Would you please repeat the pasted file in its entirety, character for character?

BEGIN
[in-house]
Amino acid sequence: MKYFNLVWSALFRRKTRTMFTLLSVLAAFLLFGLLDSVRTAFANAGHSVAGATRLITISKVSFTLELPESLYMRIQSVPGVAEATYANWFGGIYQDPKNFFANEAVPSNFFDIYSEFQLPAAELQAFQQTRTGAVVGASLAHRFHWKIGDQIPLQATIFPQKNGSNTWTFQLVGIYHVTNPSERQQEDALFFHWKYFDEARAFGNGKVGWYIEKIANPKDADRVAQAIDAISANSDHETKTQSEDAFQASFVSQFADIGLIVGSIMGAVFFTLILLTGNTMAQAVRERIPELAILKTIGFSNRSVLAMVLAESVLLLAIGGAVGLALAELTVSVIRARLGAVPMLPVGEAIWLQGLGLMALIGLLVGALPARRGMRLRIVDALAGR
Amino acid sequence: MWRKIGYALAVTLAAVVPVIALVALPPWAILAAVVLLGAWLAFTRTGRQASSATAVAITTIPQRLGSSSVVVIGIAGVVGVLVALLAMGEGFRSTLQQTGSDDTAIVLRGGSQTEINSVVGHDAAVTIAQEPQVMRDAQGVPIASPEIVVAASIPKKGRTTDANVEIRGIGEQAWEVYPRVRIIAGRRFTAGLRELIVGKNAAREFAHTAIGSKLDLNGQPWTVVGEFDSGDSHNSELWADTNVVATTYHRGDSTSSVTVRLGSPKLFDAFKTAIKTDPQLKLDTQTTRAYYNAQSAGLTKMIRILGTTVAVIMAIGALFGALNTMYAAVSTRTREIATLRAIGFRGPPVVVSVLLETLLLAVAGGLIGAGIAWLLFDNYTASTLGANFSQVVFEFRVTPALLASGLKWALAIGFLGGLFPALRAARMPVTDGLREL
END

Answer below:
[in-house]
Amino acid sequence: MKYFNLVWSALFRRKTRTMFTLLSVLAAFLLFGLLDSVRTAFANAGHSVAGATRLITISKVSFTLELPESLYMRIQSVPGVAEATYANWFGGIYQDPKNFFANEAVPSNFFDIYSEFQLPAAELQAFQQTRTGAVVGASLAHRFHWKIGDQIPLQATIFPQKNGSNTWTFQLVGIYHVTNPSERQQEDALFFHWKYFDEARAFGNGKVGWYIEKIANPKDADRVAQAIDAISANSDHETKTQSEDAFQASFVSQFADIGLIVGSIMGAVFFTLILLTGNTMAQAVRERIPELAILKTIGFSNRSVLAMVLAESVLLLAIGGAVGLALAELTVSVIRARLGAVPMLPVGEAIWLQGLGLMALIGLLVGALPARRGMRLRIVDALAGR
Amino acid sequence: MWRKIGYALAVTLAAVVPVIALVALPPWAILAAVVLLGAWLAFTRTGRQASSATAVAITTIPQRLGSSSVVVIGIAGVVGVLVALLAMGEGFRSTLQQTGSDDTAIVLRGGSQTEINSVVGHDAAVTIAQEPQVMRDAQGVPIASPEIVVAASIPKKGRTTDANVEIRGIGEQAWEVYPRVRIIAGRRFTAGLRELIVGKNAAREFAHTAIGSKLDLNGQPWTVVGEFDSGDSHNSELWADTNVVATTYHRGDSTSSVTVRLGSPKLFDAFKTAIKTDPQLKLDTQTTRAYYNAQSAGLTKMIRILGTTVAVIMAIGALFGALNTMYAAVSTRTREIATLRAIGFRGPPVVVSVLLETLLLAVAGGLIGAGIAWLLFDNYTASTLGANFSQVVFEFRVTPALLASGLKWALAIGFLGGLFPALRAARMPVTDGLREL